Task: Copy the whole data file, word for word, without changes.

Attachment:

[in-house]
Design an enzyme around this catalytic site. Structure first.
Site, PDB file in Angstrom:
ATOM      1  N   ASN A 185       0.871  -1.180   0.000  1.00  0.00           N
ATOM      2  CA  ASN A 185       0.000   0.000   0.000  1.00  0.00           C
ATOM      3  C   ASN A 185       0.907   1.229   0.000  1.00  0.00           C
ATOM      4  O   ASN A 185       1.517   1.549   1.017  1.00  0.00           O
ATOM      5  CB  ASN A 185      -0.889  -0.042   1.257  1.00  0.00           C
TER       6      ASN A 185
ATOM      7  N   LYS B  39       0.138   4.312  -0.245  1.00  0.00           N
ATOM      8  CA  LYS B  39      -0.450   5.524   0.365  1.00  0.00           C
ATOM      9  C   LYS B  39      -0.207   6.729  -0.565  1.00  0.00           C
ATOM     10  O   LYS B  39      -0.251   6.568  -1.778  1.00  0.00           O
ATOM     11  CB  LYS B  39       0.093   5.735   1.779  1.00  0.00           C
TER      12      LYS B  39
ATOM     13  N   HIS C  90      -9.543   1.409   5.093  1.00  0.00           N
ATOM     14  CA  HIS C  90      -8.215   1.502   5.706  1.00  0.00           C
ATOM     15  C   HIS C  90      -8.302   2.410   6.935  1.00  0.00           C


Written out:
[in-house]
Design an enzyme around this catalytic site. Structure first.
Site, PDB file in Angstrom:
ATOM      1  N   ASN A 185       0.871  -1.180   0.000  1.00  0.00           N
ATOM      2  CA  ASN A 185       0.000   0.000   0.000  1.00  0.00           C
ATOM      3  C   ASN A 185       0.907   1.229   0.000  1.00  0.00           C
ATOM      4  O   ASN A 185       1.517   1.549   1.017  1.00  0.00           O
ATOM      5  CB  ASN A 185      -0.889  -0.042   1.257  1.00  0.00           C
TER       6      ASN A 185
ATOM      7  N   LYS B  39       0.138   4.312  -0.245  1.00  0.00           N
ATOM      8  CA  LYS B  39      -0.450   5.524   0.365  1.00  0.00           C
ATOM      9  C   LYS B  39      -0.207   6.729  -0.565  1.00  0.00           C
ATOM     10  O   LYS B  39      -0.251   6.568  -1.778  1.00  0.00           O
ATOM     11  CB  LYS B  39       0.093   5.735   1.779  1.00  0.00           C
TER      12      LYS B  39
ATOM     13  N   HIS C  90      -9.543   1.409   5.093  1.00  0.00           N
ATOM     14  CA  HIS C  90      -8.215   1.502   5.706  1.00  0.00           C
ATOM     15  C   HIS C  90      -8.302   2.410   6.935  1.00  0.00           C